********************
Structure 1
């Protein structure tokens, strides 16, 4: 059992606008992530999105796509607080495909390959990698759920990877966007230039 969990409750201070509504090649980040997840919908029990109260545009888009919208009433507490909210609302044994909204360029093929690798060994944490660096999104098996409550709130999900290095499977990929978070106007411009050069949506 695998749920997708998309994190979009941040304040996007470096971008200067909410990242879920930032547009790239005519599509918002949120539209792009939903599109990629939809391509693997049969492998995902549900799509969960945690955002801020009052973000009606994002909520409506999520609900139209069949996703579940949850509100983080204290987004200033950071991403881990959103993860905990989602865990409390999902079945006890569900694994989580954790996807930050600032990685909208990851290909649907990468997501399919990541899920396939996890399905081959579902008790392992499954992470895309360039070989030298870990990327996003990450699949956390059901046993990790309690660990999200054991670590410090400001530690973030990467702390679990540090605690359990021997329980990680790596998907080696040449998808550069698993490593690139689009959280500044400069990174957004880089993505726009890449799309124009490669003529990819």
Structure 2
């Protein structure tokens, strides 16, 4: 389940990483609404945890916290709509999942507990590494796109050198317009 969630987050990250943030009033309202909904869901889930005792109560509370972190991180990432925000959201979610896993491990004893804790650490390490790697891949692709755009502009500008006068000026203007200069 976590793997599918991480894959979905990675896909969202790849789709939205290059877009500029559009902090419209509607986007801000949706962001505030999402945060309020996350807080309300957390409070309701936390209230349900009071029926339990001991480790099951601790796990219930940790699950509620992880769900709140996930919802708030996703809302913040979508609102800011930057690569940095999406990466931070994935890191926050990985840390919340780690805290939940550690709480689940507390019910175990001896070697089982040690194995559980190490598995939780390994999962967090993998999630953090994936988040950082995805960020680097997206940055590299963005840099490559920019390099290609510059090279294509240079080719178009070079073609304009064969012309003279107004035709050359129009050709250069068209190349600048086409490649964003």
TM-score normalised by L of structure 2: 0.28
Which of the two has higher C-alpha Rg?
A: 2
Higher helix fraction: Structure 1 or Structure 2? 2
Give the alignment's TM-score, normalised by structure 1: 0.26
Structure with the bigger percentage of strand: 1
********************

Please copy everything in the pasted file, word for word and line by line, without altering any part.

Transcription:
Structure 1
């Protein structure tokens, strides 16, 4: 059992606008992530999105796509607080495909390959990698759920990877966007230039 969990409750201070509504090649980040997840919908029990109260545009888009919208009433507490909210609302044994909204360029093929690798060994944490660096999104098996409550709130999900290095499977990929978070106007411009050069949506 695998749920997708998309994190979009941040304040996007470096971008200067909410990242879920930032547009790239005519599509918002949120539209792009939903599109990629939809391509693997049969492998995902549900799509969960945690955002801020009052973000009606994002909520409506999520609900139209069949996703579940949850509100983080204290987004200033950071991403881990959103993860905990989602865990409390999902079945006890569900694994989580954790996807930050600032990685909208990851290909649907990468997501399919990541899920396939996890399905081959579902008790392992499954992470895309360039070989030298870990990327996003990450699949956390059901046993990790309690660990999200054991670590410090400001530690973030990467702390679990540090605690359990021997329980990680790596998907080696040449998808550069698993490593690139689009959280500044400069990174957004880089993505726009890449799309124009490669003529990819």
Structure 2
């Protein structure tokens, strides 16, 4: 389940990483609404945890916290709509999942507990590494796109050198317009 969630987050990250943030009033309202909904869901889930005792109560509370972190991180990432925000959201979610896993491990004893804790650490390490790697891949692709755009502009500008006068000026203007200069 976590793997599918991480894959979905990675896909969202790849789709939205290059877009500029559009902090419209509607986007801000949706962001505030999402945060309020996350807080309300957390409070309701936390209230349900009071029926339990001991480790099951601790796990219930940790699950509620992880769900709140996930919802708030996703809302913040979508609102800011930057690569940095999406990466931070994935890191926050990985840390919340780690805290939940550690709480689940507390019910175990001896070697089982040690194995559980190490598995939780390994999962967090993998999630953090994936988040950082995805960020680097997206940055590299963005840099490559920019390099290609510059090279294509240079080719178009070079073609304009064969012309003279107004035709050359129009050709250069068209190349600048086409490649964003």
TM-score normalised by L of structure 2: 0.28
Which of the two has higher C-alpha Rg?
A: 2
Higher helix fraction: Structure 1 or Structure 2? 2
Give the alignment's TM-score, normalised by structure 1: 0.26
Structure with the bigger percentage of strand: 1